Contouring and constraining bowel on a full-bladder computed tomography scan may not reflect treatment bowel position and dose certainty in gynecologic external beam radiation therapy

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Purpose: To evaluate, in a gynecologic cancer setting, changes in bowel position, dose-volume parameters, and biological indices that arise between full-bladder (FB) and empty-bladder (EB) treatment situations; and to evaluate, using cone beam computed tomography (CT), the validity of FB treatment presumption.

Methods and Materials: Seventeen gynecologic cancer patients were retrospectively analyzed. Empty-bladder and FB CTs were obtained. Full-bladder CTs were used for planning and dose optimization. Patients were given FB instructions for treatment. For the study purpose, bowel was contoured on the EB CTs for all patients. Bowel position and volume changes between FB and EB states were determined. Full-bladder plans were applied on EB CTs for determining bowel dose-volume changes in EB state. Biological indices (generalized equivalent uniform dose and normal tissue complication probability) were calculated and compared between FB and EB. Weekly cone beam CT data were available in 6 patients to assess bladder volume at treatment.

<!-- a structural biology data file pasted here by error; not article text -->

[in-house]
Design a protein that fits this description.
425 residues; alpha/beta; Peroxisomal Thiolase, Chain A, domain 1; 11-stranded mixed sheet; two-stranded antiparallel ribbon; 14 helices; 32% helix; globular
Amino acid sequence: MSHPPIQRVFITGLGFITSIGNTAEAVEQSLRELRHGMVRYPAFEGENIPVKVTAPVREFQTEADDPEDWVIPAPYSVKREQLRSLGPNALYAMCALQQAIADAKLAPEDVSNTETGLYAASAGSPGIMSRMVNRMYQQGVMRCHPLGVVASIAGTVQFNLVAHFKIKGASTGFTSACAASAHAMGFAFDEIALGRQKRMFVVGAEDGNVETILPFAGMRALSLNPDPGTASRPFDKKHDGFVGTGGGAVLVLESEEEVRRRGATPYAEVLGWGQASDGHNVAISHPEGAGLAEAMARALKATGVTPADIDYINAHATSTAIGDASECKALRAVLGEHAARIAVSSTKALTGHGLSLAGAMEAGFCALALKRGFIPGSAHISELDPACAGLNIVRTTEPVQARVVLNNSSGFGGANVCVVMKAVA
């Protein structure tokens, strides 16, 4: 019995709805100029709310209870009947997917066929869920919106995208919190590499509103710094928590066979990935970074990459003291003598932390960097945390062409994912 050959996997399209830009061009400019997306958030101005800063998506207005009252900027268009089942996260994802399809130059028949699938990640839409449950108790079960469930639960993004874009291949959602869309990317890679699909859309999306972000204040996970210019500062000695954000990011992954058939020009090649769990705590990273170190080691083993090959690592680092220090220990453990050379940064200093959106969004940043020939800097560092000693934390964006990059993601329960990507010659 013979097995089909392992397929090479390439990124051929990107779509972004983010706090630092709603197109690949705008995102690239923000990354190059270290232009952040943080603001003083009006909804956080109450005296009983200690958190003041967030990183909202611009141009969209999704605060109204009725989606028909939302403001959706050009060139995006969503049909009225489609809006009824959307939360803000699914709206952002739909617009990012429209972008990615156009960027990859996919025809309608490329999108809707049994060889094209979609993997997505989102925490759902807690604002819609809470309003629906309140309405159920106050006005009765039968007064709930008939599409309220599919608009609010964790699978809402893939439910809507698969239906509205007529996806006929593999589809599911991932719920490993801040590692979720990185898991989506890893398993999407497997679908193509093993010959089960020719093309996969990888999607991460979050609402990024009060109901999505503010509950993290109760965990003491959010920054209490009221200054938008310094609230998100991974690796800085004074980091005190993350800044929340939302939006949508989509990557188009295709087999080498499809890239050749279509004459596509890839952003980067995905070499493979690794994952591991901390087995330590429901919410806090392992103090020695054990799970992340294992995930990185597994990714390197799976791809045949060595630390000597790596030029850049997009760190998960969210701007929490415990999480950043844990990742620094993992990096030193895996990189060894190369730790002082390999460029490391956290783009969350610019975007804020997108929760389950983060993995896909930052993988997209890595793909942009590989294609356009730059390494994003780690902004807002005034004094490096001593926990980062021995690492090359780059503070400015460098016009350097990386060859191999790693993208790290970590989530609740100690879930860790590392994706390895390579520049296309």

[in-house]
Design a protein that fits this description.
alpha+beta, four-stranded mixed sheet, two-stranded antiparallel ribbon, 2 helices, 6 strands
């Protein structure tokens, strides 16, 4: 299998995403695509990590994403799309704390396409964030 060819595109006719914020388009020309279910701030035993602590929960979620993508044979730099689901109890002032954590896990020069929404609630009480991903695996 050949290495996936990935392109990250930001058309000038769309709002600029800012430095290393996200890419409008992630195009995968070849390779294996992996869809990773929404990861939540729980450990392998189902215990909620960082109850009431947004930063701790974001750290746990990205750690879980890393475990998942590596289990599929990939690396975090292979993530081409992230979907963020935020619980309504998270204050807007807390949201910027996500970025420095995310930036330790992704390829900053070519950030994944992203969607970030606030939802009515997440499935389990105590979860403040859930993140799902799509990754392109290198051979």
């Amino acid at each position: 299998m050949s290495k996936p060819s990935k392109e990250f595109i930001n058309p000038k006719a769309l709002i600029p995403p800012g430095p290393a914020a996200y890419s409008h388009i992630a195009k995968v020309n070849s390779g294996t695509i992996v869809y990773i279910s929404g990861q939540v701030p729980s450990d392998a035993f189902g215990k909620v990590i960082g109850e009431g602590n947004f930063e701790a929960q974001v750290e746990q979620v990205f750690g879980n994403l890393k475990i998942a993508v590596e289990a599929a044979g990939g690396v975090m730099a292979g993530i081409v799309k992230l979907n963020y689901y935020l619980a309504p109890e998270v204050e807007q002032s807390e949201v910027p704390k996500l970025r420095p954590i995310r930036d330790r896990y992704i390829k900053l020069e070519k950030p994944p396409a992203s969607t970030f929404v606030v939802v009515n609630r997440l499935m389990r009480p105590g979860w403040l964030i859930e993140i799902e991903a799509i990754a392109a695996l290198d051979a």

Results: Average (±SD) planned bladder volume was 299.7 ± 68.5 cm3. Median bowel shift in the craniocaudal direction between FB and EB was 12.5 mm (range, 3-30 mm), and corresponding increase in exposed bowel volume was 151.3 cm3(range, 74.3-251.4 cm3). Absolute bowel volumes receiving 45 Gy were higher for EB compared with FB (mean 328.0 ± 174.8 vs 176.0 ± 87.5 cm3; P=.0038). Bowel normal tissue complication probability increased 1.5× to 23.5× when FB planned treatments were applied in the EB state. For the study, the mean percentage value of relative bladder volume at treatment was 32%.

Conclusions: Full-bladder planning does not necessarily translate into FB treatments, with a patient tendency toward EB. Given the uncertainty in daily control over bladder volume for treatment, we strongly recommend a "planning-at-risk volume bowel" (PRV-Bowel) concept to account for bowel motion between FB and EB that can be tailored for the individual patient.

Original languageEnglish (US)
Pages (from-to)802-808
Number of pages7
JournalInternational Journal of Radiation Oncology Biology Physics
Issue number4
Publication statusPublished - Nov 15 2014


ASJC Scopus subject areas

  • Radiation
  • Oncology
  • Radiology Nuclear Medicine and imaging
  • Cancer Research

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